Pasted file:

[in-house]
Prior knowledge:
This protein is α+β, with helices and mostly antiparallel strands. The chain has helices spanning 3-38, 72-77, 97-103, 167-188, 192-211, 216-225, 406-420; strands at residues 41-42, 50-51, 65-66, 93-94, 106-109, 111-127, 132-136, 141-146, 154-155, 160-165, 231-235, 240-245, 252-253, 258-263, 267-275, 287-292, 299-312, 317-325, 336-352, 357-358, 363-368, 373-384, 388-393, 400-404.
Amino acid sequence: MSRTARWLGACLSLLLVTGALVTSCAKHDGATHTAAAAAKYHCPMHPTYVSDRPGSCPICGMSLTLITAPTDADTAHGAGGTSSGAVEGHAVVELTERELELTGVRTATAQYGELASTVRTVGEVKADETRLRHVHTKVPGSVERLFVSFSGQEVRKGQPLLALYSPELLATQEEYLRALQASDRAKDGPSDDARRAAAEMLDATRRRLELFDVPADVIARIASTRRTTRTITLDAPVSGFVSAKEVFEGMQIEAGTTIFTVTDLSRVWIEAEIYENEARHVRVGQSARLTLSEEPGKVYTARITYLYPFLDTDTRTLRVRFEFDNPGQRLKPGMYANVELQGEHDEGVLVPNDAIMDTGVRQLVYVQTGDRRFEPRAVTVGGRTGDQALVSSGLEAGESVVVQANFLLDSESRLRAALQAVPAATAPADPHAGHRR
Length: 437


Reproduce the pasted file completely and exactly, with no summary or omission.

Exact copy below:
[in-house]
Prior knowledge:
This protein is α+β, with helices and mostly antiparallel strands. The chain has helices spanning 3-38, 72-77, 97-103, 167-188, 192-211, 216-225, 406-420; strands at residues 41-42, 50-51, 65-66, 93-94, 106-109, 111-127, 132-136, 141-146, 154-155, 160-165, 231-235, 240-245, 252-253, 258-263, 267-275, 287-292, 299-312, 317-325, 336-352, 357-358, 363-368, 373-384, 388-393, 400-404.
Amino acid sequence: MSRTARWLGACLSLLLVTGALVTSCAKHDGATHTAAAAAKYHCPMHPTYVSDRPGSCPICGMSLTLITAPTDADTAHGAGGTSSGAVEGHAVVELTERELELTGVRTATAQYGELASTVRTVGEVKADETRLRHVHTKVPGSVERLFVSFSGQEVRKGQPLLALYSPELLATQEEYLRALQASDRAKDGPSDDARRAAAEMLDATRRRLELFDVPADVIARIASTRRTTRTITLDAPVSGFVSAKEVFEGMQIEAGTTIFTVTDLSRVWIEAEIYENEARHVRVGQSARLTLSEEPGKVYTARITYLYPFLDTDTRTLRVRFEFDNPGQRLKPGMYANVELQGEHDEGVLVPNDAIMDTGVRQLVYVQTGDRRFEPRAVTVGGRTGDQALVSSGLEAGESVVVQANFLLDSESRLRAALQAVPAATAPADPHAGHRR
Length: 437